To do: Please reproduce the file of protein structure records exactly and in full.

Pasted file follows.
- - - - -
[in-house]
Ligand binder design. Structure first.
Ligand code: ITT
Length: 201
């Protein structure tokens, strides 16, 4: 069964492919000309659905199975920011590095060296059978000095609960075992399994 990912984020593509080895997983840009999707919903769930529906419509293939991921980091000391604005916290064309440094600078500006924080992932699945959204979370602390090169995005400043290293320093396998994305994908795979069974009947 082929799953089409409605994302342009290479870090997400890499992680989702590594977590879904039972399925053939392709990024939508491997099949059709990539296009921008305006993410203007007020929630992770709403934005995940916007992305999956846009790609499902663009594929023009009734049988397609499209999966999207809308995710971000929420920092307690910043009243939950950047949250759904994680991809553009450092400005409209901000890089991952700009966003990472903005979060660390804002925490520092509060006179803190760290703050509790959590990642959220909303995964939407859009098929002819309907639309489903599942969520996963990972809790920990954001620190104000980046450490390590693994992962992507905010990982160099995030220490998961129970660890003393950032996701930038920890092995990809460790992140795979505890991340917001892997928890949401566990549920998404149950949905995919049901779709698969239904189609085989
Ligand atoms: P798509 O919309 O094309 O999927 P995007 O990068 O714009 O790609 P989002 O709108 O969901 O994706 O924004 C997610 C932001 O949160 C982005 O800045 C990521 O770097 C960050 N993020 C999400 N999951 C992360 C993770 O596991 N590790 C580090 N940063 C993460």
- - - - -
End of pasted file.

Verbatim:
[in-house]
Ligand binder design. Structure first.
Ligand code: ITT
Length: 201
């Protein structure tokens, strides 16, 4: 069964492919000309659905199975920011590095060296059978000095609960075992399994 990912984020593509080895997983840009999707919903769930529906419509293939991921980091000391604005916290064309440094600078500006924080992932699945959204979370602390090169995005400043290293320093396998994305994908795979069974009947 082929799953089409409605994302342009290479870090997400890499992680989702590594977590879904039972399925053939392709990024939508491997099949059709990539296009921008305006993410203007007020929630992770709403934005995940916007992305999956846009790609499902663009594929023009009734049988397609499209999966999207809308995710971000929420920092307690910043009243939950950047949250759904994680991809553009450092400005409209901000890089991952700009966003990472903005979060660390804002925490520092509060006179803190760290703050509790959590990642959220909303995964939407859009098929002819309907639309489903599942969520996963990972809790920990954001620190104000980046450490390590693994992962992507905010990982160099995030220490998961129970660890003393950032996701930038920890092995990809460790992140795979505890991340917001892997928890949401566990549920998404149950949905995919049901779709698969239904189609085989
Ligand atoms: P798509 O919309 O094309 O999927 P995007 O990068 O714009 O790609 P989002 O709108 O969901 O994706 O924004 C997610 C932001 O949160 C982005 O800045 C990521 O770097 C960050 N993020 C999400 N999951 C992360 C993770 O596991 N590790 C580090 N940063 C993460």